Proust Questionnaire – feat. Carolyn Yohn

ata-fld-newsletter-logoThis is part of a continuing series of Proust questionnaires answered by members of the FLD Leadership Council. Carolyn Yohn translates French and Hungarian legal and academic texts into American English under the name Untangled Translations.

How did you get involved in translation?

With earning a language degree in mind, I spent my first year of college in Switzerland at a small, dual-accredited American school. About a month in, the career counselor called about a job she found that immediately made her think of me: one of our politics professors was writing a book on Switzerland’s relationship to the EU, and the Euro currency specifically. He could read his Italian and German sources but needed help accessing information in French. I spent the year poring over books, articles, and speeches, summarizing everything in English and picking the stand-out quotes to translate more completely for him. To this day, I don’t believe he has finished his book, but the project taught me just how valuable my language skills were—and that I could get paid to use them.

What subject areas do you translate?

I translate French and Hungarian texts related to law and political/economic history, with a substantial sideline translating documents for visa applications. Book-length non-fiction projects are my favorite.

Tell us about a particularly interesting project you have worked on.

Soul Stories, my first Hungarian book translation, is on its way to the printer now. What a fun ride getting there! I originally connected with the author, a journalist, through an expat mailing list for Bay-Area Magyars. He had written several popular collections of poetic bursts of encouragement in a charming prose style and was interested in self-publishing English translations of his favorites in a new volume. It was a leap of faith to take on the project, and I have no regrets.

Where would you most like to live?

Budapest and Montréal are definitely on my list of “some day” homes. For now, the Sacramento, California area treats me well; it’s nice to have so many days with good weather to get outdoors.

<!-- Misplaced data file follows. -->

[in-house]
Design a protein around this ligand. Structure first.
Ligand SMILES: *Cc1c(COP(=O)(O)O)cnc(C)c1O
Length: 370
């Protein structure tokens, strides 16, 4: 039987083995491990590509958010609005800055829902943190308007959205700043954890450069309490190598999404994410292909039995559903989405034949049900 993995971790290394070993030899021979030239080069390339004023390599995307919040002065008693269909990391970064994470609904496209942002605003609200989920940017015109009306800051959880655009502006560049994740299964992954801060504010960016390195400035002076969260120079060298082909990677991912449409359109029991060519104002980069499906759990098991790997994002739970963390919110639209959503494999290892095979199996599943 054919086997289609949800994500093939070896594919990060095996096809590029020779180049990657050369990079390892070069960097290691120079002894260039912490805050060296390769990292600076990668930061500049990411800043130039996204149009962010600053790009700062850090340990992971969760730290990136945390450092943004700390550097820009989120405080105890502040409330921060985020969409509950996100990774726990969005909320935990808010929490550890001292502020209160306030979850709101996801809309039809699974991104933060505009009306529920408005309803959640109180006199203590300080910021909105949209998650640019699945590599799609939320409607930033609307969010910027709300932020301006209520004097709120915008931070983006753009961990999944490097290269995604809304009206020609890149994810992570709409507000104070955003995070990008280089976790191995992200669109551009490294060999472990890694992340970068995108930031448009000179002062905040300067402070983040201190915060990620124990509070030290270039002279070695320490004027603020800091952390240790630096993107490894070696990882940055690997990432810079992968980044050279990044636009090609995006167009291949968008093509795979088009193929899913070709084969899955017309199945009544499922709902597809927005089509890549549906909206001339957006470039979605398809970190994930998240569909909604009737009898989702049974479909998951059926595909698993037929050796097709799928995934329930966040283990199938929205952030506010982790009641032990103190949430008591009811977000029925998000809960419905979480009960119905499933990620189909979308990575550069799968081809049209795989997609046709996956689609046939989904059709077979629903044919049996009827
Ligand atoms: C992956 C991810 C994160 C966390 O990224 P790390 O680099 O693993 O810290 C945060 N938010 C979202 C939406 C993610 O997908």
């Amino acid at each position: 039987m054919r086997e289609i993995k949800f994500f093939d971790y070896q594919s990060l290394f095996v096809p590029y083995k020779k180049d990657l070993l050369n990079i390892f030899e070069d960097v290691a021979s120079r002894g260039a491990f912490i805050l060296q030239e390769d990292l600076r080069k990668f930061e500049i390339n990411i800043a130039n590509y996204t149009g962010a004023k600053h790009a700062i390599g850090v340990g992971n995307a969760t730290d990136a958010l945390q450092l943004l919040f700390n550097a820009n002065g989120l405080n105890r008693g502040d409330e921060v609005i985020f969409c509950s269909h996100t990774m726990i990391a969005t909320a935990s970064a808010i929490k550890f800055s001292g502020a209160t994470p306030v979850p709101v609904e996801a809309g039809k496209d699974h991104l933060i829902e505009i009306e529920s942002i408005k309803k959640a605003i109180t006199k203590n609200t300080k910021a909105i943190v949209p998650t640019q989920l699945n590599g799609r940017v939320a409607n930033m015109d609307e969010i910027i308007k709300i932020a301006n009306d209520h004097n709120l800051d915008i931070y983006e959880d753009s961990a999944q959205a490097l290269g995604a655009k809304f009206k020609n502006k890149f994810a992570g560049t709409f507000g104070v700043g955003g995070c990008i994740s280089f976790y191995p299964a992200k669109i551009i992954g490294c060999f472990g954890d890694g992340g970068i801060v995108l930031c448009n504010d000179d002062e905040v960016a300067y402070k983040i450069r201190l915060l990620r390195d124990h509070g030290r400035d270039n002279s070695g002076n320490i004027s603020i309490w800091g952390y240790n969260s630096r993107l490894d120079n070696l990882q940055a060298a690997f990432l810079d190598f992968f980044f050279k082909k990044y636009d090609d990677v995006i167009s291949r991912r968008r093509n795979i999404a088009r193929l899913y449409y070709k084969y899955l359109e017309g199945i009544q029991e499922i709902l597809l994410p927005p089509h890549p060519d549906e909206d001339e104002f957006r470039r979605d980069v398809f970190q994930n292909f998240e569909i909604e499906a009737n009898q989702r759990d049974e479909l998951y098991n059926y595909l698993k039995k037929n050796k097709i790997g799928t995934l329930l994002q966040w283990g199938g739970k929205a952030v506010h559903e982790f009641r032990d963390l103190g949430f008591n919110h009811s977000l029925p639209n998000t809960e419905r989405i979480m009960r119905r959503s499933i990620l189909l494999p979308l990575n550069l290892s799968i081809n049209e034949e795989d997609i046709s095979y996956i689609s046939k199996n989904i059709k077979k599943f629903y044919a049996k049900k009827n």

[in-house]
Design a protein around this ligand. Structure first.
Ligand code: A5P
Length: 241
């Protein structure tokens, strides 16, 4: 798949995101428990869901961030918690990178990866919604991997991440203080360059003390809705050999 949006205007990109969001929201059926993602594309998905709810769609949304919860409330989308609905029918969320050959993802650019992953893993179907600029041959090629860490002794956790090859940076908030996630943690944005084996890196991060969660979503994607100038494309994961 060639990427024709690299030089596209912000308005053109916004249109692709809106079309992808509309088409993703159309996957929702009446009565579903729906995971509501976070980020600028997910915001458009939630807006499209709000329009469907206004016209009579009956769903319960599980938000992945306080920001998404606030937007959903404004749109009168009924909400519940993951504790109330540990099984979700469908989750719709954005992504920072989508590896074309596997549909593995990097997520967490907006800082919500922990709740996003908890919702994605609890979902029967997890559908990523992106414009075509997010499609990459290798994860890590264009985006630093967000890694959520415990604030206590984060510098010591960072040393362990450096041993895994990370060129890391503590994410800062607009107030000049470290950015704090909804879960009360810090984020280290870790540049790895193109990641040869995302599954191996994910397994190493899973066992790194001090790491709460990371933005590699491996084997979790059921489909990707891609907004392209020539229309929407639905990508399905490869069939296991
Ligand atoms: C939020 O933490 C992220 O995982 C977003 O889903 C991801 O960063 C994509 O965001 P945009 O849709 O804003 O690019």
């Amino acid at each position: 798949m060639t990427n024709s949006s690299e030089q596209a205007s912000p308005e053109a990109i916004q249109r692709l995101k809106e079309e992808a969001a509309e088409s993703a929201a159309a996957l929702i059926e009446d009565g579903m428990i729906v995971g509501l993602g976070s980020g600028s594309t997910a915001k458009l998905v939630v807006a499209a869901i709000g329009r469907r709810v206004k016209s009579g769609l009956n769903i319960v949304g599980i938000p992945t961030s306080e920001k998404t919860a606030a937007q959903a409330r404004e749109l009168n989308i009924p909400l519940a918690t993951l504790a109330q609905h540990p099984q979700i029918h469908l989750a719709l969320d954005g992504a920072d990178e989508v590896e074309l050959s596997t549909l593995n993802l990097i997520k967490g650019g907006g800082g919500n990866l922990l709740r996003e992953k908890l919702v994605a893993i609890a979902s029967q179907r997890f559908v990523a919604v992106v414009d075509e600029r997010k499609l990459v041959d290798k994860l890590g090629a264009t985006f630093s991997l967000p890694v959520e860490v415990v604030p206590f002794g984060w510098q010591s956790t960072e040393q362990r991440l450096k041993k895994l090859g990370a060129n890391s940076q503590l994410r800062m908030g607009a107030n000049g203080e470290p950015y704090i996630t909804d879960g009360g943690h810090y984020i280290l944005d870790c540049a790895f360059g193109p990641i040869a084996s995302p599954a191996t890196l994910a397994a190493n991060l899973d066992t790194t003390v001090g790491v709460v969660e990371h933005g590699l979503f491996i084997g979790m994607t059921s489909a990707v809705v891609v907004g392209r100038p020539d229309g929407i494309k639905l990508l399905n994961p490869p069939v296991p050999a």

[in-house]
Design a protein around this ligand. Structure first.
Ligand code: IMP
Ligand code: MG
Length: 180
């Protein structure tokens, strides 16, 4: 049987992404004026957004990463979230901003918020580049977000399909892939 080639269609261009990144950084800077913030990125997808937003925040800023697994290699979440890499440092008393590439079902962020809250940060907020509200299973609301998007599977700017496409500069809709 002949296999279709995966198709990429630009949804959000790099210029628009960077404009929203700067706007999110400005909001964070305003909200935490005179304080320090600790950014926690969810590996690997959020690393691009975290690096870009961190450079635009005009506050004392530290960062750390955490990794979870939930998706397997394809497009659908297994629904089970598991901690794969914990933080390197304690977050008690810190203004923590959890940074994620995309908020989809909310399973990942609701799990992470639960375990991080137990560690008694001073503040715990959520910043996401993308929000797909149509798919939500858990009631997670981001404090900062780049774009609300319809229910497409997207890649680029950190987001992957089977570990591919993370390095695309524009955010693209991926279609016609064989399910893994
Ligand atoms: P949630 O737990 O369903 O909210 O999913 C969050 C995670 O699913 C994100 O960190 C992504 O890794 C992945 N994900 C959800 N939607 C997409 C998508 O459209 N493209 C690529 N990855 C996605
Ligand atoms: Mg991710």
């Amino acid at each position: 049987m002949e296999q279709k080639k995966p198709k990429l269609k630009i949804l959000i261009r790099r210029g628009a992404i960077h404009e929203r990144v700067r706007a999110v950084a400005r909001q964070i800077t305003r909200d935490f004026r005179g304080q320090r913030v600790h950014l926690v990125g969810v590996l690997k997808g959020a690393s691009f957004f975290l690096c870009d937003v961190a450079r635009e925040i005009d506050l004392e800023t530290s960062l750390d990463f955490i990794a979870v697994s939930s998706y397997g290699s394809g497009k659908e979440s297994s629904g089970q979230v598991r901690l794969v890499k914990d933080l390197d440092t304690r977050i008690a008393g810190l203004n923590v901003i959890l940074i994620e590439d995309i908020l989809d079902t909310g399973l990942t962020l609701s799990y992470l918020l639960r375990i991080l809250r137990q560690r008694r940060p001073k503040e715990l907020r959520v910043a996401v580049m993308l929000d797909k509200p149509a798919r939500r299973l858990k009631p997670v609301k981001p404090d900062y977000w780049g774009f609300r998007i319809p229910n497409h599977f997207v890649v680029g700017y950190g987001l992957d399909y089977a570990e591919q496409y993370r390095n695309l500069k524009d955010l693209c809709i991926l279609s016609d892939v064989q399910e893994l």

Do you have a favorite French or English book?

I actually collect copies of Le Petit Prince in languages that I have at least dabbled in. So far, that includes the French original and translations into English, Hungarian, and Swahili. I even have a beautiful pop-up book version. Some day, I’ll add Italian, German, and Romanian translations to the collection.

Tell us something surprising about yourself.

I recently became a PADI-certified SCUBA diver! I grew up by the Atlantic Ocean and might as well be a fish, but being able to dive several stories underwater for 30-40 minutes at a time took the experience of swimming to a new level. The final training dive was to 35ft at Lake Tahoe (about 60ft adjusted for altitude). We played tic-tac-toe on the sandy bottom, annoyed a few crawfish, and watched a school of silvery fish shimmer by. Magic!

What do you consider your greatest achievement?

Some volunteer translations I provided helped a client of a Georgetown law clinic earn political asylum. The young attorneys working his case sent me a photo of the group in front of the courthouse on the day asylum was granted—the man’s big grin of joy and relief reminds me just how personal translation work is. Whether we see the end result or not, what we do to help people communicate truly touches lives.